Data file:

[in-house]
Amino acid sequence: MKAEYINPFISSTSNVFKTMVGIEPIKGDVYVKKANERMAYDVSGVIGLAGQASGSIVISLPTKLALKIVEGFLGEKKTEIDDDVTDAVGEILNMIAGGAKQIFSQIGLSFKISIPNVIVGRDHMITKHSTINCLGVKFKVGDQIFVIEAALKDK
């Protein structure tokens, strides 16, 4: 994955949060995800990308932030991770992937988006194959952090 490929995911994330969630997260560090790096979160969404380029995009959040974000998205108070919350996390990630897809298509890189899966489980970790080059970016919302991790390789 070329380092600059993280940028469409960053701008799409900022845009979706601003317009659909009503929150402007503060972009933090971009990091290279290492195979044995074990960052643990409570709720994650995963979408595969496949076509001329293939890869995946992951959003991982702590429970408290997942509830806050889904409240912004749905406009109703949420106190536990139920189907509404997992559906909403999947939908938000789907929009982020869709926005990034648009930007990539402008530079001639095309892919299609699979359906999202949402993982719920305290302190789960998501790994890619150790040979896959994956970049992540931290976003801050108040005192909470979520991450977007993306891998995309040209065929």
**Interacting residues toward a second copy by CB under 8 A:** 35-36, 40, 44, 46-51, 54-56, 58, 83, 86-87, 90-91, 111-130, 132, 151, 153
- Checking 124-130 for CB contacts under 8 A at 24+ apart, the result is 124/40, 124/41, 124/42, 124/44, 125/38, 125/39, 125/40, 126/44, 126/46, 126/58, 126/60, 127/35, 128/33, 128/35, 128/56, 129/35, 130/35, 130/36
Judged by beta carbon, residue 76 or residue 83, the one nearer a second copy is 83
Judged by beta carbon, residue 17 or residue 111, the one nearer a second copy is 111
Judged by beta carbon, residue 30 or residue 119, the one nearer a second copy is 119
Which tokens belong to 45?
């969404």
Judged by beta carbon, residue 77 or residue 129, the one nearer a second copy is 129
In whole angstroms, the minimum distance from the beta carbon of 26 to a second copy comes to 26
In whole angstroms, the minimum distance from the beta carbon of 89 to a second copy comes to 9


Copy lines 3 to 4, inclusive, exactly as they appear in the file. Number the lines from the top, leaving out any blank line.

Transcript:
């Protein structure tokens, strides 16, 4: 994955949060995800990308932030991770992937988006194959952090 490929995911994330969630997260560090790096979160969404380029995009959040974000998205108070919350996390990630897809298509890189899966489980970790080059970016919302991790390789 070329380092600059993280940028469409960053701008799409900022845009979706601003317009659909009503929150402007503060972009933090971009990091290279290492195979044995074990960052643990409570709720994650995963979408595969496949076509001329293939890869995946992951959003991982702590429970408290997942509830806050889904409240912004749905406009109703949420106190536990139920189907509404997992559906909403999947939908938000789907929009982020869709926005990034648009930007990539402008530079001639095309892919299609699979359906999202949402993982719920305290302190789960998501790994890619150790040979896959994956970049992540931290976003801050108040005192909470979520991450977007993306891998995309040209065929």
**Interacting residues toward a second copy by CB under 8 A:** 35-36, 40, 44, 46-51, 54-56, 58, 83, 86-87, 90-91, 111-130, 132, 151, 153